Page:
Sunday, May 8, 2011

A Relationship Collage

Sometimes in the scriptures, particularly in the New Testament, it seems as though the text randomly and very suddenly jumps from one subject to another. One moment we're reading about forgiveness, the next about salt or sheep or coins, and the next about faith or knocking on doors or picking motes or beams from our eyes. The seeming disjointedness has often contributed to my own perception of the Bible as a more difficult text than its Book of Mormon counterpart.

That changed a little bit this week as my wife helped me see the connections in the seemingly unrelated passages of Matthew chapter 18. Focusing on the connections, rather than the apparent lack of connections, turned an obstacle into a blessing as I saw the Bible in a whole new light.

In Matthew 18, Christ teaches his disciples about caring for children, plucking out eyes or cutting of hands that offend us, seeking for lost sheep, dealing with those who have offended us and a king who forgave an unforgiving servant before delivering him to the tormentors because of his unforgivingness. Each passage seemed to be independently useful, but tangent from any core theme or moral.

Read more carefully, and inserting the Joseph Smith translations where they appear, the lesson transforms into a collage of focused doctrine, stories and experiences on a single theme. It began with this question: "Who is the greatest in the kingdom of heaven?"

Using a child as an example, Christ responded: Except ye be converted, and become as little children, ye shall not enter into the kingdom of heaven. Whosoever therefore shall humble himself as this little child, the same is greatest in the kingdom of heaven (Matthew 18:2-3). Remembering the teachings of Paul (Romans 8:16-17) and King Benjamin (Mosiah 5:7-8), we can understand from this reply that as we humble ourselves and take His name upon us through baptism, we may become joint heirs with Christ of all the Father has. The greatest in the kingdom of heaven are those who make and keep the baptismal covenant, returning through the Atonement to the Celestial Kingdom with the innocence of small children. Adding the requirement of faith in verse six, Christ  provides a complete, profound yet succinct answer to the question.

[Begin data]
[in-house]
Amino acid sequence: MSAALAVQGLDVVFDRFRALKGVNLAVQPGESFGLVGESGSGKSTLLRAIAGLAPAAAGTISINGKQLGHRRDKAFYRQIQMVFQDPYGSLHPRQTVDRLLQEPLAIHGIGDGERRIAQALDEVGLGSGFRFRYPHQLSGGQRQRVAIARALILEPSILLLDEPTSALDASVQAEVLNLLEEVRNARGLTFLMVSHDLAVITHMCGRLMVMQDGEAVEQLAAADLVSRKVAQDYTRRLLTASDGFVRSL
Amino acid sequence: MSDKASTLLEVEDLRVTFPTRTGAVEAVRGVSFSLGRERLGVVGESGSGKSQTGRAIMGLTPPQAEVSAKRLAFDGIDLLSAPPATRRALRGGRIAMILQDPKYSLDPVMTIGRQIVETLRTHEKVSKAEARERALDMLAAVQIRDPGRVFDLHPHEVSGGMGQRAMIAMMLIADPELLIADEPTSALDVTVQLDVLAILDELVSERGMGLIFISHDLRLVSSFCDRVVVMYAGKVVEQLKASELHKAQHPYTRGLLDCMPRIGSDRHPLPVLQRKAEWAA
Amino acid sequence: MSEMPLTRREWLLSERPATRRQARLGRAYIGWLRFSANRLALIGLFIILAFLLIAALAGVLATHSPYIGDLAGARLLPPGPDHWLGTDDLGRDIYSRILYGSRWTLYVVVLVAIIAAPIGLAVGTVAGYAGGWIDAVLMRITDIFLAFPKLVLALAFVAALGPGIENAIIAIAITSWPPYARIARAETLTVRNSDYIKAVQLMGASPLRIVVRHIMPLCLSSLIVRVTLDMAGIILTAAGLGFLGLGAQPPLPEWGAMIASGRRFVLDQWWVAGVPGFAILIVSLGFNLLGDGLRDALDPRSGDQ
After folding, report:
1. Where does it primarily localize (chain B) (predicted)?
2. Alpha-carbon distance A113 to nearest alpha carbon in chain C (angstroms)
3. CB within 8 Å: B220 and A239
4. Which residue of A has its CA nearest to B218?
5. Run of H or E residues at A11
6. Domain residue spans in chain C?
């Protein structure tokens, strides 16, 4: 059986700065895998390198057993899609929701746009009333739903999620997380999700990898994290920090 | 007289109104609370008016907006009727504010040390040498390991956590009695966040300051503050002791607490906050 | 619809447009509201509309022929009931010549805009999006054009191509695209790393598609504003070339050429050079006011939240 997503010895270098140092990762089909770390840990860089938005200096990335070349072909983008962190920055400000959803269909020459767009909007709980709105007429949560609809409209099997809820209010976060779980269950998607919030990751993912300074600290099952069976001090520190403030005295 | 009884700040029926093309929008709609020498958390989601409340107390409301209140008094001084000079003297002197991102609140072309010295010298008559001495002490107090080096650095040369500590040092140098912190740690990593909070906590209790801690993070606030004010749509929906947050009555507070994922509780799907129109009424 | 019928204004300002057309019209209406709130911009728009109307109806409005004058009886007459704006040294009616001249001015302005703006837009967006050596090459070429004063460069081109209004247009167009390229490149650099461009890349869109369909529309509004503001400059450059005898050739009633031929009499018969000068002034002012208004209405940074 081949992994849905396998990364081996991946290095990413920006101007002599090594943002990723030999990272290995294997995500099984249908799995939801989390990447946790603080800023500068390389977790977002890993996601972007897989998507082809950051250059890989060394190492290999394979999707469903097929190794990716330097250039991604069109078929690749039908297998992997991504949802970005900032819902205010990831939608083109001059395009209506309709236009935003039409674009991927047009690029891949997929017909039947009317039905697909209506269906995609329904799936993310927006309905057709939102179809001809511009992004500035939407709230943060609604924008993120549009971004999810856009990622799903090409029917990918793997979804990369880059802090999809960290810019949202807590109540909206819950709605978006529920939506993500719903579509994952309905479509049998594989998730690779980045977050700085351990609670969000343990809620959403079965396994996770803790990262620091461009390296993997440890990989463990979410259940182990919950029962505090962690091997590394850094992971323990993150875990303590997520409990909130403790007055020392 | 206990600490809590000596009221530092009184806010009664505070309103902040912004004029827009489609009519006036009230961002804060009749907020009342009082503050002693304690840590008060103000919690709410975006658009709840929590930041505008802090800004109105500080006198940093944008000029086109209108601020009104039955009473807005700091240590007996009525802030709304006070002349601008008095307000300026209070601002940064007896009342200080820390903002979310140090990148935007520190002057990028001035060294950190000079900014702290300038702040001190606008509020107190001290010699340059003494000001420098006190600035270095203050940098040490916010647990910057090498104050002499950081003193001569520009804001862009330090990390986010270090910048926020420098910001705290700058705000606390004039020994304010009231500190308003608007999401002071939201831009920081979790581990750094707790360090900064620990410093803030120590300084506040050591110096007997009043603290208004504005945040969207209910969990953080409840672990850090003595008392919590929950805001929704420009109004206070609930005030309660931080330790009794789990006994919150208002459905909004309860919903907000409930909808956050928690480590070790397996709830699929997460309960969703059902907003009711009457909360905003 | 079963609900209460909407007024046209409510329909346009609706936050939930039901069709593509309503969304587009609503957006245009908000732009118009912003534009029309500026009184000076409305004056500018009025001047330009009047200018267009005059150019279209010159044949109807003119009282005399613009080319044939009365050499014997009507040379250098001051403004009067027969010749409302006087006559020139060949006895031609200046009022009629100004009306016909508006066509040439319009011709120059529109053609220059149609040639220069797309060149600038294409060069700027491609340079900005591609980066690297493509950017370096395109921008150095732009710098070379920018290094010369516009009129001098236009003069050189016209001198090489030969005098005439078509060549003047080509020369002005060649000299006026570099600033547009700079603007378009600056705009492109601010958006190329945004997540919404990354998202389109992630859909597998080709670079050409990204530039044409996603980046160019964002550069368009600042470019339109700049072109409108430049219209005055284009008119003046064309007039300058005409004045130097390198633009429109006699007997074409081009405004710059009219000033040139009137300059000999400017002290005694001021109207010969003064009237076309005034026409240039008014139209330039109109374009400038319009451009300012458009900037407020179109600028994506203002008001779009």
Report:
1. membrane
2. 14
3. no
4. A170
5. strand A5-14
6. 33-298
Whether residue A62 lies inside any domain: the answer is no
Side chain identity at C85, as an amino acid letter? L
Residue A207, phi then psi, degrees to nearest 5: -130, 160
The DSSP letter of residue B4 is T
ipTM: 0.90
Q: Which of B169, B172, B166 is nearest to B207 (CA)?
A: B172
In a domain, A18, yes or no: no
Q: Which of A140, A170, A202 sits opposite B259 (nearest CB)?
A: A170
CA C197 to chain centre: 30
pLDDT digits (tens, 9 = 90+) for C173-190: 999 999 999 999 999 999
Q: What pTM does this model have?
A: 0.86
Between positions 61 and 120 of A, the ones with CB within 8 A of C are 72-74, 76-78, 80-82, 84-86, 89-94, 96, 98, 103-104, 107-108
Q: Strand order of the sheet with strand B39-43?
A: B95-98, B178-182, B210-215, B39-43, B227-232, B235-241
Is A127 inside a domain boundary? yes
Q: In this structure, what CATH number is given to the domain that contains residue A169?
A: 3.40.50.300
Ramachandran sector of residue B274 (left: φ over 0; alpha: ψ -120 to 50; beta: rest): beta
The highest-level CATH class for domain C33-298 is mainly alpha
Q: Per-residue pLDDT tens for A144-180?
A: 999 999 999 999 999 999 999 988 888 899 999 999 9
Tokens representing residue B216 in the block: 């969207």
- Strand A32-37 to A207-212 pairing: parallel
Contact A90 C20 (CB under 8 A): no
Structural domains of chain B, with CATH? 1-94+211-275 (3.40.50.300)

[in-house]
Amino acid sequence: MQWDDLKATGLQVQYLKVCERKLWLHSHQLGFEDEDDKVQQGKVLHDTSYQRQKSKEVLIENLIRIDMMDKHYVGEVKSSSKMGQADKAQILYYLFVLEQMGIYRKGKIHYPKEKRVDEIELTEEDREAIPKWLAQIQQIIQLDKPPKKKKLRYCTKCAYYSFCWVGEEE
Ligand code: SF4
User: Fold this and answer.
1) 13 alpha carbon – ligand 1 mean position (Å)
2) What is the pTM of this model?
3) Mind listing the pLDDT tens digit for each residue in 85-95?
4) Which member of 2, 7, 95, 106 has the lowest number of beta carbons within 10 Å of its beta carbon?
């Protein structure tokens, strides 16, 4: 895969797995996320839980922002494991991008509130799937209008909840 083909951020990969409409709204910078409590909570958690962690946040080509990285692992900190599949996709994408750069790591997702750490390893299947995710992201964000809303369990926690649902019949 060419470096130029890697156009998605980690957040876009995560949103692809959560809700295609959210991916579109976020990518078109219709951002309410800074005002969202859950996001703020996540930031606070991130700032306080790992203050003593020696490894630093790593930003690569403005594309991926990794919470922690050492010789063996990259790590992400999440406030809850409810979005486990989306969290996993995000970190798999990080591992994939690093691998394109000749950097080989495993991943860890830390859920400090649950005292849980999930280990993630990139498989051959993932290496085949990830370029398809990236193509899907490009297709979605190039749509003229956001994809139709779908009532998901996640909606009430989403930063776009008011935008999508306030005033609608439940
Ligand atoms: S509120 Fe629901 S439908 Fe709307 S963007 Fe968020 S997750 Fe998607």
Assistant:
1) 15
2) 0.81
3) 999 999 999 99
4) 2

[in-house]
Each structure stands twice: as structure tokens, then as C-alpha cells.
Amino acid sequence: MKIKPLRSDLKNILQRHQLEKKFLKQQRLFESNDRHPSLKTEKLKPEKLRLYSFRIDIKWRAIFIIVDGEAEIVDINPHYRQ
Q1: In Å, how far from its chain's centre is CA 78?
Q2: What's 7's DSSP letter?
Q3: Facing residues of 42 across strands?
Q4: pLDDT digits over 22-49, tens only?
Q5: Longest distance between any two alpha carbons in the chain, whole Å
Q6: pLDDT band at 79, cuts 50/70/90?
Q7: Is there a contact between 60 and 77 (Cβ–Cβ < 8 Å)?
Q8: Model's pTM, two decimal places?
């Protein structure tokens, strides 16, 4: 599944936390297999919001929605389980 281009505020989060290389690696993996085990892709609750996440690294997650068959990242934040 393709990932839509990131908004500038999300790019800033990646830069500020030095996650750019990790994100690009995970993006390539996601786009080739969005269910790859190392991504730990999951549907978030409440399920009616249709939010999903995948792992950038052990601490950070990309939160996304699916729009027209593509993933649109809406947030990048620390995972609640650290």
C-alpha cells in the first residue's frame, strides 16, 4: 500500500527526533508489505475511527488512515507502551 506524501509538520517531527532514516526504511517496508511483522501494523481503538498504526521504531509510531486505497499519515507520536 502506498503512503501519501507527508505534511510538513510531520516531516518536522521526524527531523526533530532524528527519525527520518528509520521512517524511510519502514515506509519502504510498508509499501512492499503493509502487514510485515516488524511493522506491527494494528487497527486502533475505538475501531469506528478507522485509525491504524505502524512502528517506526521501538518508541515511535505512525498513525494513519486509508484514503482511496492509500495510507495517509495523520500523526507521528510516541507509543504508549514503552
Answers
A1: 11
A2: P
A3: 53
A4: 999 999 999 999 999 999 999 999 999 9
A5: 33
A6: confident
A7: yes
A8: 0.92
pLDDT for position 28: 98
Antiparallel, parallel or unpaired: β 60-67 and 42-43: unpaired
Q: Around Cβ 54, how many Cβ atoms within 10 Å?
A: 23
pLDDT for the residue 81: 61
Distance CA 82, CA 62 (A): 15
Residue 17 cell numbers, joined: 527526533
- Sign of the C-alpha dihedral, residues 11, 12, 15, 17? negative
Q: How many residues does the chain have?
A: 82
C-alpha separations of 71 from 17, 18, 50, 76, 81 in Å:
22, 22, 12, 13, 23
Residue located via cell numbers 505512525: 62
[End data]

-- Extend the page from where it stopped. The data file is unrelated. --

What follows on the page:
Having highlighted our relationship with our Heavenly Father in his reply, the Savior then takes the rest of the chapter to teach us about our earthly relationships. This should sound familiar to those who have listened to any of the modern sessions of General Conference, which also tend to teach the gospel in a family-centered context. The essence of all of our relationships, Christ teaches, must be to prepare each other to return to live with God. He explains that:

If thy hand or they foot offend thee, cut them off, and cast them from thee: it is better for thee to enter into life halt or maimed, rather than having two hands or two feet to be cast into everlasting fire. And if thine eye offend thee, pluck it out, and cast it from thee: it is better for thee to enter into life with one eye, rather than having two eyes to be cast into hell fire. And a man's hand is his friend, and his foot, also; and a man's eye, are they of his own household.

In other words, it is better to end a relationship with a friend or family member than to miss your opportunity to live forever with your Heavenly Father because that relationship drug you down.

Recognizing this as the extreme case, Christ works backward toward the more forgiving ideal. While terminating relationships is an unfortunate possibility, just as our Father cast out Lucifer, the seriousness of that prospect demands additional attention. In this middle ground between ending relationships and the ideal forgiveness, Christ clarifies that we must do all we can to recover the relationships and the souls involved with three specific steps: